Measles: Prevention and risks

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How measles spreads

The measles virus spreads when you:

  • breathe air in a location where someone who's infected is or has recently been
  • have direct contact with mucus from the nose or throat of someone who's infected
  • touch a contaminated surface or object and then touch your eyes, nose or mouth

If you're infected, you can spread measles from 4 days before the onset of a rash to 4 days after a rash appears. The measles virus can live up to 2 hours in the air or on surfaces in a space where you've been.

Measles is very contagious. Over 90% of people who aren't immune to measles and who come into contact with the virus will become infected.

Overall, Canada generally has high vaccination rates against measles but there are communities and regions where vaccination rates are low. Measles cases and outbreaks still happen in Canada, as measles is present worldwide and travellers who aren't vaccinated may bring measles into Canada.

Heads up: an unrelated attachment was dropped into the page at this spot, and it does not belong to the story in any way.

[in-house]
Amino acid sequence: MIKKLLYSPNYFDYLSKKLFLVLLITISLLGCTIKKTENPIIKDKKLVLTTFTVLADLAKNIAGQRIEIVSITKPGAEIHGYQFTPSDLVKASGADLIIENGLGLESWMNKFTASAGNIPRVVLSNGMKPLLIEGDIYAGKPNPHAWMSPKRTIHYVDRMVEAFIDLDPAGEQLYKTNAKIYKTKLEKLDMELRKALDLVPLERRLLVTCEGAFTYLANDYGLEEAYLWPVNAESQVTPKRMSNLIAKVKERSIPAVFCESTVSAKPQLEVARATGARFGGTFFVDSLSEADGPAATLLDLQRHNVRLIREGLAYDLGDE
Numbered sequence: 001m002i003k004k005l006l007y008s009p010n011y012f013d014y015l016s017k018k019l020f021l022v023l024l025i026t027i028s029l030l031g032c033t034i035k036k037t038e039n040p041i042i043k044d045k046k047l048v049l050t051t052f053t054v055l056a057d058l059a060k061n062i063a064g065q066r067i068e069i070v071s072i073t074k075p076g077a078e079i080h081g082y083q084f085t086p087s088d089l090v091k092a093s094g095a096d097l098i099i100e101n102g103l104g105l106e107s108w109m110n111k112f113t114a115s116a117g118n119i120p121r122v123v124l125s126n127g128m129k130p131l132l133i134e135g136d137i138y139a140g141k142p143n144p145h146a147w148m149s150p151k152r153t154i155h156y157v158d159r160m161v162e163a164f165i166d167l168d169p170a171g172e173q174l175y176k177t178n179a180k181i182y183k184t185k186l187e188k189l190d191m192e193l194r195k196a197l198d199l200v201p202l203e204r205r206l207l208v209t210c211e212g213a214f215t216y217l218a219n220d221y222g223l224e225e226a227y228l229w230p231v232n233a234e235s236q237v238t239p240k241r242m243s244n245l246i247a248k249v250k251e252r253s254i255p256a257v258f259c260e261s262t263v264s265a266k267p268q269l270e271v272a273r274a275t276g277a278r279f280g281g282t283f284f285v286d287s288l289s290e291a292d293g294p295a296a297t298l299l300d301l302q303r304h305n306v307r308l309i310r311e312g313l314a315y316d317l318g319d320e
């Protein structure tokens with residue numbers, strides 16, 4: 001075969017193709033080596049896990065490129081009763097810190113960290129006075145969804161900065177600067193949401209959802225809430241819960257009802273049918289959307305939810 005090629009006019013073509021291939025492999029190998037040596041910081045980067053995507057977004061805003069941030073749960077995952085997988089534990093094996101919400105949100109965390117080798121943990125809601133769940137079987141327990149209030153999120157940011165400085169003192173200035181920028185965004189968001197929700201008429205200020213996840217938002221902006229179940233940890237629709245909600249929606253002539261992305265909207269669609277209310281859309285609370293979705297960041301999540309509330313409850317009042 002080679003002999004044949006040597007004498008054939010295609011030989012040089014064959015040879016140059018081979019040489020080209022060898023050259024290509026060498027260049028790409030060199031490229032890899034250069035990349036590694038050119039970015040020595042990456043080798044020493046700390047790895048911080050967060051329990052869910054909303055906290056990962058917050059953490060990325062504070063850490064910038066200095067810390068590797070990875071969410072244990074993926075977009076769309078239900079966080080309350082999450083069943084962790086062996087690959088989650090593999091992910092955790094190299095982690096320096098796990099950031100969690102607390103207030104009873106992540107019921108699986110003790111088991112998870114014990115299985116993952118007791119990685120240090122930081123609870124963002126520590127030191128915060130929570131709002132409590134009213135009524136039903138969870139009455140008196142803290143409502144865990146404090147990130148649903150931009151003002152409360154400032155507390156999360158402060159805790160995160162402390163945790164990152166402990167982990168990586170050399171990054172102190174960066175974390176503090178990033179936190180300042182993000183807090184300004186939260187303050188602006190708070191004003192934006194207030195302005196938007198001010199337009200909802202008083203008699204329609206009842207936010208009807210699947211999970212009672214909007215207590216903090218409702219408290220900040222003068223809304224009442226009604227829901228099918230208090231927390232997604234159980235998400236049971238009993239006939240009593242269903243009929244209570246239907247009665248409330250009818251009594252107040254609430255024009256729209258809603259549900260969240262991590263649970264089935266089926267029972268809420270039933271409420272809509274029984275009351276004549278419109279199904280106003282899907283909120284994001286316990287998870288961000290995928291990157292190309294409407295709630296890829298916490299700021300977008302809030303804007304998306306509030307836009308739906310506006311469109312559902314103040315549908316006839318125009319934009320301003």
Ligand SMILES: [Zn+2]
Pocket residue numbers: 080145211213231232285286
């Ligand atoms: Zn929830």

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Preventing measles with vaccination

Having 2 doses of a measles-containing vaccine after 1 year of age is almost 100% effective at preventing measles.

There are 2 kinds of measles-containing vaccines in Canada, which also contain vaccines for other illnesses. They are:

  1. measles-mumps-rubella (MMR)
  2. measles-mumps-rubella-varicella (MMRV)

The first dose of a measles-containing vaccine is usually given to children when they're between 12 and 15 months old.